3) The fifteen year old girls buying a Wii in the next three years aren't going to be kept happy by Wii Sports, they'll know they care when we put it in their face. Of course, if you want to go mass market, you're better off putting a fantasy career or social climbing as the micro game to the more dynamical, but abstracted inter-character drama. I imagine it'd be better to get eperienced nesting social play in highly fictive puzzle solving or highly nuanced combat first.

One last thing, it makes much more sense from a production standpoint to attempt such things as download-able games before diving in AAA. But you know that. No matter how much tissue testing and prototyping you do, until you see how it performs in the market, you don't have a foundation from which to ask for ten million dollars.

Jason O said...

I have always been fascinated by fencing and kendo, yet my fighting style in most games is strictly offensive because it is so hard to abstract things like parrying into the current interfaces.

This is largely because the nuances of movement are predefined in most games. For instance, in Soul Calibur a block is just a block, and you only have certain types of blocks (or any kind of moves) that you can do. A straight punch is always a straight punch, etc.

The only real drawback might be when people find out that they are not the badass warriors they always thought they were and then might prefer the current style of simulating combat. Personally, I'm willing to take a few lumps for a more immersive style of combat.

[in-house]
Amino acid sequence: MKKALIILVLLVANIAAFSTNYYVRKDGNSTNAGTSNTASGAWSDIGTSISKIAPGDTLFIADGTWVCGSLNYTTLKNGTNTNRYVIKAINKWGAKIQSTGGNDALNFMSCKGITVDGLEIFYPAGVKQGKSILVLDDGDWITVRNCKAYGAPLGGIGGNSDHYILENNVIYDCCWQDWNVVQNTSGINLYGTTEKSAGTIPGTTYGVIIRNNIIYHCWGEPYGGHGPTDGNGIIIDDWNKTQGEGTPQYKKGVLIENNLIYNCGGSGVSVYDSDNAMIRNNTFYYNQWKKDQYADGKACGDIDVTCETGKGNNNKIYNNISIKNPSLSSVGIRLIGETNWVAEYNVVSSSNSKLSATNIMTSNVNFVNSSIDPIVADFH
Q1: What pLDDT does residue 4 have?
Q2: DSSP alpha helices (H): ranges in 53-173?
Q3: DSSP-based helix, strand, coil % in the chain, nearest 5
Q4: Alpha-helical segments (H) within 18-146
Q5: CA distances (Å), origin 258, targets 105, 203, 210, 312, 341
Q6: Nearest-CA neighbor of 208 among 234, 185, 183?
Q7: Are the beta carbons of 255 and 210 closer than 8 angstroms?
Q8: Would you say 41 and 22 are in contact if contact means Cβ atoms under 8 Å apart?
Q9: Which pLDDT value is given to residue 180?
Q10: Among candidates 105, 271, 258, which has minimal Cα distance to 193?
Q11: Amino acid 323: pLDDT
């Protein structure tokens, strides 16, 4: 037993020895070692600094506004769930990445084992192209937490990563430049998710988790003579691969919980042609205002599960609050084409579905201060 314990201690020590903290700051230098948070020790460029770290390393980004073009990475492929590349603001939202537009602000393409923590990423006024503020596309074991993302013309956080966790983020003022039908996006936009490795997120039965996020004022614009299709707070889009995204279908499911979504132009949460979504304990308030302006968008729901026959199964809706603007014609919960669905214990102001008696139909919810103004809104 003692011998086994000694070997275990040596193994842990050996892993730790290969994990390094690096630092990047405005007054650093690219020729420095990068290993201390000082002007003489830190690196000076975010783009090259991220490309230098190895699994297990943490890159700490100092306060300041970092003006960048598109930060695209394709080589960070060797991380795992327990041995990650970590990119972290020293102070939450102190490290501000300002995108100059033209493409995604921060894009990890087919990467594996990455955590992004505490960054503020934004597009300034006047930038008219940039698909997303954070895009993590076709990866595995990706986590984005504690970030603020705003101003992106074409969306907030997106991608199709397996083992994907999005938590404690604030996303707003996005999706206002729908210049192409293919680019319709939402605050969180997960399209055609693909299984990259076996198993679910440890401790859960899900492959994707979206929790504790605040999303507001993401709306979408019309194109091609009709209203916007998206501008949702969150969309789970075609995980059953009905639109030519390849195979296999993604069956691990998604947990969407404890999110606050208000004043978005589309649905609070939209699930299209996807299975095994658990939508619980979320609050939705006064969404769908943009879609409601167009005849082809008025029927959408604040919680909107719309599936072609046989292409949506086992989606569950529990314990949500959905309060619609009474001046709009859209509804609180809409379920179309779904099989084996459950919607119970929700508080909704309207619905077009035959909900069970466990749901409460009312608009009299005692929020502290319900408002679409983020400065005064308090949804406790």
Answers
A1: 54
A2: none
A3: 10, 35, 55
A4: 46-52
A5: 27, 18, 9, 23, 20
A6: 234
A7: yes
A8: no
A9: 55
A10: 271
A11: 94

Craig Huber said...

I wrote a brief little comment over on my own blog as well (link), but thought I'd add a couple of added thoughts here.

I'm not sure we will get to a solid abstraction of social interaction without taking some intermediate steps first. For example, I think it might be necessary to track a bit more than just a "liked/unliked" scale for NPCs for the first few experimental tests (h/t to your earlier essay). I think there needs to be some method of tracking an emotional state with various potential vectors (sorrow, rage, fear, happiness, etc.), and establishing varations of response to different stimuli based on that state.

One hope would be, of course, that a deeper abstraction could be drawn from the results, such that a simpler system could be developed that provided the same basic "natural-seeming" results.

A second hope would be that some system could be derived that would actually be acceptable to players for interaction with each other (on some level of abstraction.) I personally remain skeptical that most players are ready for that arena of play... tho some games, i.e. the Sims, might be an indication of wider acceptance of the possibility than I have been personally made aware of by my particular (and peculiar?) circle of acquaintances.

I am also more than willing to help test those boundaries, tho... (heh)

Craig Perko said...

These are good comments. I'll comment on them soon in a new post. Gah! So little time...